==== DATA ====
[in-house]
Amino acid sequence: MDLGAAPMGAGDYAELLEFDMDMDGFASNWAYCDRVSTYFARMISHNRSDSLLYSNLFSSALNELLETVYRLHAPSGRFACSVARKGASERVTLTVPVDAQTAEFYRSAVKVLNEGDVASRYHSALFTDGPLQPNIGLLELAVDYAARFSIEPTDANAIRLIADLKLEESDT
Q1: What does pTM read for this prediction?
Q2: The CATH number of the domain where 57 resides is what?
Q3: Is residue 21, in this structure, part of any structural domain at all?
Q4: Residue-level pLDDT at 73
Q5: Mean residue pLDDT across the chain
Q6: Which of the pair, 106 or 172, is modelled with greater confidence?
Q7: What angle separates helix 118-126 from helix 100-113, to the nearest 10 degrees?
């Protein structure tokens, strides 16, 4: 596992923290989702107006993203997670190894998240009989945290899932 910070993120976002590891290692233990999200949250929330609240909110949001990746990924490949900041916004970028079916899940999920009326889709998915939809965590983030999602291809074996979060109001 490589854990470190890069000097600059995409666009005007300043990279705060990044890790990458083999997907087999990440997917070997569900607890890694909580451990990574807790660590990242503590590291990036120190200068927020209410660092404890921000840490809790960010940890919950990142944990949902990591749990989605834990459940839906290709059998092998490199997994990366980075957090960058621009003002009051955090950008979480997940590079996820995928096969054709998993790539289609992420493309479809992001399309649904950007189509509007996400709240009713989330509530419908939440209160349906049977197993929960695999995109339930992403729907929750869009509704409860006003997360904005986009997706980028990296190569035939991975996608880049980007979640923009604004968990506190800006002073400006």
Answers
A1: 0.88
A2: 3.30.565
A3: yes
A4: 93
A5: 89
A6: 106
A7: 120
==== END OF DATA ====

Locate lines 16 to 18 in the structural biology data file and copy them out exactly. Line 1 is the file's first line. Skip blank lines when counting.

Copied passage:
A5: 89
A6: 106
A7: 120